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Astronaut ice cream still popular at 50, even if it never flew in space

July 2, 2024

— Perhaps the most popular example of space food that possibly never was, astronaut ice cream is now 50 years old.

The crunchy, room temperature treat, which melts as the freeze-dried ice cream rehydrates in your mouth, was first introduced in 1974 by American Outdoor Products. According to Astronaut Foods, the brand under which the Space Age snack is still marketed, the idea came about after a NASA center requested it for its visitors.

"Our founder, Ron Smith, told Serious Eats that in 1974, 'Goddard Air and Space Museum contacted us and said that freeze-dried ice cream was used by the space program," read a June 27 blog post on the Astronaut Foods website. "They wanted to know if we could make it so they could sell it in their gift shop.' And we said, 'Sure, we'll try it,'"

The first iteration, which the company figured would be, at most, a short-lived fad, was produced by taking half gallon tubs of Neapolitan ice cream as sold at grocery stores, freezing them solid and then cutting them with a bandsaw. The slices were then freeze-dried and packaged.

NASA first turned to the freeze-drying process for the powdered drinks flown on the Mercury orbital missions in the early 1960s. The agency then invested in improving the technology so that it could expand the types of foods its Gemini crews could consume in space. By the time the Apollo moon program began, the astronauts could choose from more than 60 different freeze-dried, bite-size items.

In NASA's 1968 press kit for its first three-man launch, NASA listed "vanilla ice cream" on one of the three menus for the Apollo 7 astronauts. It is the only known instance that freeze-dried ice cream has appeared on a NASA-prepared menu. (Later, space shuttle and International Space Station-era astronauts were and still are able to take part in off-the-shelf, frozen ice cream due to freezers being flown to preserve science experiment samples.)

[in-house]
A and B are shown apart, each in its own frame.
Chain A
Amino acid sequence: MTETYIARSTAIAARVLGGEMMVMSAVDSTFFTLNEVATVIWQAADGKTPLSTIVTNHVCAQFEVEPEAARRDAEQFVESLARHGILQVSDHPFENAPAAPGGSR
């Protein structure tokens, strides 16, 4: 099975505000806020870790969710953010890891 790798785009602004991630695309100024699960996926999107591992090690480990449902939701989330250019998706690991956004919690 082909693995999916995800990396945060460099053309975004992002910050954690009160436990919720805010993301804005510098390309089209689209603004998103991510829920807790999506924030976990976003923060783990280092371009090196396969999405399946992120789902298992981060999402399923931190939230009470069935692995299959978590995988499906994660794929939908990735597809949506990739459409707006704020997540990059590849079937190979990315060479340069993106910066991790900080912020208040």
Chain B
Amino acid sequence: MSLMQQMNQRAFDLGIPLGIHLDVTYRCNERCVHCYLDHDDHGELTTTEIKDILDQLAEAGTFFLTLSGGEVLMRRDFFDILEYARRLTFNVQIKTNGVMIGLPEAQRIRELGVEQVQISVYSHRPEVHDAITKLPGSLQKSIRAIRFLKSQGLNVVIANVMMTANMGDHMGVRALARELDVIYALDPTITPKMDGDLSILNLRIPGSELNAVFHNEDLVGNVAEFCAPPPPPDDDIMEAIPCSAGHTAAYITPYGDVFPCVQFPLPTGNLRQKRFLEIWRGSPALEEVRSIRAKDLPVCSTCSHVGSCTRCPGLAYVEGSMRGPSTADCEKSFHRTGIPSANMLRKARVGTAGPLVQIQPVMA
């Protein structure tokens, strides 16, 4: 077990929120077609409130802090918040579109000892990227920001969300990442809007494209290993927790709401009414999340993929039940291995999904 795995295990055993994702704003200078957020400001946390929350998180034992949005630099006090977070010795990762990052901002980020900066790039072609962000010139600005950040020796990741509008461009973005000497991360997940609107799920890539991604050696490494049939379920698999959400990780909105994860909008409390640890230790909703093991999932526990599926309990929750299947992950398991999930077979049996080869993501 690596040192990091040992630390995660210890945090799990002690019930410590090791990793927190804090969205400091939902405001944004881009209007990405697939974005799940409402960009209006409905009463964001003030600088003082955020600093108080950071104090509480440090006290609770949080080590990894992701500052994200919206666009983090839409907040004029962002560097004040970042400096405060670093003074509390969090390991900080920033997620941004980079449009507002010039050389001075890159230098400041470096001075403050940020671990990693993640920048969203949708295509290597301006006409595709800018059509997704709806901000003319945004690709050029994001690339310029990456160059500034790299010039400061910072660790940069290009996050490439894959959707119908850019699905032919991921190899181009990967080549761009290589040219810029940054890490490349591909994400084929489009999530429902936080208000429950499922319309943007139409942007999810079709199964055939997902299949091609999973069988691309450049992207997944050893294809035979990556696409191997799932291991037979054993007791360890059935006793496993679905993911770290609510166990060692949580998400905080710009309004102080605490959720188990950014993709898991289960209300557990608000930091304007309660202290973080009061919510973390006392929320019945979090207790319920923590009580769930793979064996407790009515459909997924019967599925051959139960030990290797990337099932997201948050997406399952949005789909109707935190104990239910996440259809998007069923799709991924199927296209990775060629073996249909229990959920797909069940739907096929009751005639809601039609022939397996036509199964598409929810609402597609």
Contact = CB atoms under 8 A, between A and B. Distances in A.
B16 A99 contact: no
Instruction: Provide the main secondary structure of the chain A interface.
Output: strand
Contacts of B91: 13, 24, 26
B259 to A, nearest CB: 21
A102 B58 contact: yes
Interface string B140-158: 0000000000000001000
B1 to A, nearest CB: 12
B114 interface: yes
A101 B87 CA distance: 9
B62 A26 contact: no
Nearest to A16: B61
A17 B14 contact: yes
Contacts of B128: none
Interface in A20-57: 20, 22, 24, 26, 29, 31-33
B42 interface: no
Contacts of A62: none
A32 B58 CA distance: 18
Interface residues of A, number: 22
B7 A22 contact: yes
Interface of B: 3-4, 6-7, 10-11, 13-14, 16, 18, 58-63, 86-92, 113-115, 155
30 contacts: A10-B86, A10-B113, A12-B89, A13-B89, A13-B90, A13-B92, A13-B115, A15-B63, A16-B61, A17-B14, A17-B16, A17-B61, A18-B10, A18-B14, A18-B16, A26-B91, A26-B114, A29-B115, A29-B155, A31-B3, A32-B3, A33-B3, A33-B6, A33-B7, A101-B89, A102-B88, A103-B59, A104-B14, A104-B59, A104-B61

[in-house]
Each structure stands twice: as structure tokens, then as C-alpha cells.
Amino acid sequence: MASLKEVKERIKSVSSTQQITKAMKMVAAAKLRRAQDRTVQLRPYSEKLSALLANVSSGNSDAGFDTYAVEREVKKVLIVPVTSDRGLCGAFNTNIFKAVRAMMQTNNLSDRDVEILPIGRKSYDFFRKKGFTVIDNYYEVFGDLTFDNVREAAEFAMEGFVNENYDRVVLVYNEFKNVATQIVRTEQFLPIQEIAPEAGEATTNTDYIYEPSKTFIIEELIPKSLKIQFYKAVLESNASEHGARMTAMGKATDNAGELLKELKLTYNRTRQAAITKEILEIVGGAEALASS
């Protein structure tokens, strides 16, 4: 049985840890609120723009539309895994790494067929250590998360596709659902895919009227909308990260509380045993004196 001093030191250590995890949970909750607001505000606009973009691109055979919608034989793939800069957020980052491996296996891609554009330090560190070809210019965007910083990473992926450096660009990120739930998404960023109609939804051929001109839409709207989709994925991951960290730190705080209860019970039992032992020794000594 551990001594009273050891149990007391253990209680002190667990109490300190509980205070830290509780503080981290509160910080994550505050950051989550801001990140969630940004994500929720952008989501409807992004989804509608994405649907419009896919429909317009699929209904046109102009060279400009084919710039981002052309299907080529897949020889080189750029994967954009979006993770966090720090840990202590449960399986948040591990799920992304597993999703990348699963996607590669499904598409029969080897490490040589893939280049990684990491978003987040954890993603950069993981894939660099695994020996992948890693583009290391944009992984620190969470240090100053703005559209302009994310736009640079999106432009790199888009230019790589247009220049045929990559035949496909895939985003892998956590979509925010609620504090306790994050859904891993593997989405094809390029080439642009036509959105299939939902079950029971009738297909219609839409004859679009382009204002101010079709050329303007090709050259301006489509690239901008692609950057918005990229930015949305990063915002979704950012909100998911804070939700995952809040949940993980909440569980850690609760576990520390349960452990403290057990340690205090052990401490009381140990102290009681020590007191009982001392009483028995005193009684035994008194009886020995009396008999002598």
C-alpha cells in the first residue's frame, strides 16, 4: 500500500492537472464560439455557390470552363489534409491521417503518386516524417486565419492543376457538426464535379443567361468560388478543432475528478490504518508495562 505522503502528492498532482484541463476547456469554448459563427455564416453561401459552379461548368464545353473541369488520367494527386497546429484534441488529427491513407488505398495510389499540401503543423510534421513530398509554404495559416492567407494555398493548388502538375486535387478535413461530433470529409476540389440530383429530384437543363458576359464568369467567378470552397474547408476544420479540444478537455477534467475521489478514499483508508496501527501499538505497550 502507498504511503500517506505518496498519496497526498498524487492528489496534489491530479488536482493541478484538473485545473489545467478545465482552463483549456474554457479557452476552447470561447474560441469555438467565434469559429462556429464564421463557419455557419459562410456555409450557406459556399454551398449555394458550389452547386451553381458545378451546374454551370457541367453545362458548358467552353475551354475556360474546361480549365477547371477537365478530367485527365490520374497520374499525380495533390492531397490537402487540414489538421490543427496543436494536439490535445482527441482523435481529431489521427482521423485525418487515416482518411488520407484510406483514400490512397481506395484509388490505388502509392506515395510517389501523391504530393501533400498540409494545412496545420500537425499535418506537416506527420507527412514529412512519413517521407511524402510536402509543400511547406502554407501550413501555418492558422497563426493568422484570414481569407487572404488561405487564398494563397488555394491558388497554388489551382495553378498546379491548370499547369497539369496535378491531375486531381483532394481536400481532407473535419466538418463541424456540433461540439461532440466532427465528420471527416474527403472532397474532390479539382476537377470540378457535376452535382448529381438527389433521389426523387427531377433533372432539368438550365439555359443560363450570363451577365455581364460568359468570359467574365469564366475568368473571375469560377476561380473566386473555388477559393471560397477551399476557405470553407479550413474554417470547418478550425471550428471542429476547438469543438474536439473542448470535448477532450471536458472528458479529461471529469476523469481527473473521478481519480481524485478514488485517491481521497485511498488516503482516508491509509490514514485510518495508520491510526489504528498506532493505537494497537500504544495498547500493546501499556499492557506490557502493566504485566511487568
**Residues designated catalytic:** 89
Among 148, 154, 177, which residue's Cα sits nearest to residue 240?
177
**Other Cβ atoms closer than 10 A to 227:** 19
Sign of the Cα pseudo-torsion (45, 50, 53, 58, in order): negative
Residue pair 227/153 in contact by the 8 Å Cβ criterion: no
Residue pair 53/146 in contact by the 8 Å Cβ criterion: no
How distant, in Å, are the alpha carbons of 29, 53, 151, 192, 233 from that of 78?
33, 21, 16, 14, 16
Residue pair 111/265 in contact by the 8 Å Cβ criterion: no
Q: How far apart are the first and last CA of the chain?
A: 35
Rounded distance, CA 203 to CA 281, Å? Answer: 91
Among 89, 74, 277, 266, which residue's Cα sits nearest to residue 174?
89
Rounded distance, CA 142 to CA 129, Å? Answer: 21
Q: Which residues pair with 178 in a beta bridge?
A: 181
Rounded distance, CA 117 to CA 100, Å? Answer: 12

In 2019, the then-last surviving member of the Apollo 7 crew was asked about the ice cream. Walt Cunningham said he did not remember having it on the mission. Whether that meant it never flew or that it was only consumed by one of his crewmates is unknown. Wally Schirra, commander of Apollo 7, died in 2007, and command module pilot Donn Eisele died in 1987, each without ever commenting on the topic. (Cunningham died in 2023.)

Regardless its authenticity, astronaut ice cream became a hit with the public and a common gift shop souvenir offered at NASA visitor centers, air and space museums and science centers around the United States and the world. Packets of freeze-dried ice cream were also offered in the 1990s as a mail-away promotion with Kellogg's Raisin Bran cereal.

Over the past 50 years, Astronaut Foods has expanded its ice cream line from just Neapolitan (chocolate, vanilla and strawberry) to include mint chocolate chip and cookies and cream ice cream sandwiches, freeze-dried ice cream balls and even a "banana split bundle" which adds freeze-dried banana slices and strawberries as toppings for the dehydrated ice cream.

Astronaut Foods also branched out beyond ice cream to offer freeze-dried cheese pizza and french fries, among other spaceflight-inspired snacks.

To celebrate 50 years of astronaut ice cream, Astronaut Foods is planning to offer commemorative shirts and other swag, as well as limited-edition product launches and the introduction of new packaging for its current line of freeze-dried products. The brand, having recently been " Authenticated," will also partner with educational institutions to use astronaut ice cream to inspire the next generation of engineers and explorers.

"We're immensely proud to be celebrating half a century of Astronaut Ice Cream," said Ron Smith, co-owner and founder of American Outdoor Products. "It has withstood the test of time, proving its enduring appeal and becoming a beloved treat for generations."


Fifty years after being launched (but not into space), Astronaut Ice Cream remains a popular treat. (Astronaut Foods/collectSPACE)

"Vanilla ice cream" is listed on a crew member's menu in NASA's 1968 Apollo 7 press kit, but whether it flew is unknown. (NASA)

The original astronaut ice cream was freeze-dried slices from half-gallon frozen tubs of store-bought neapolitan ice cream. (Wikipedia)

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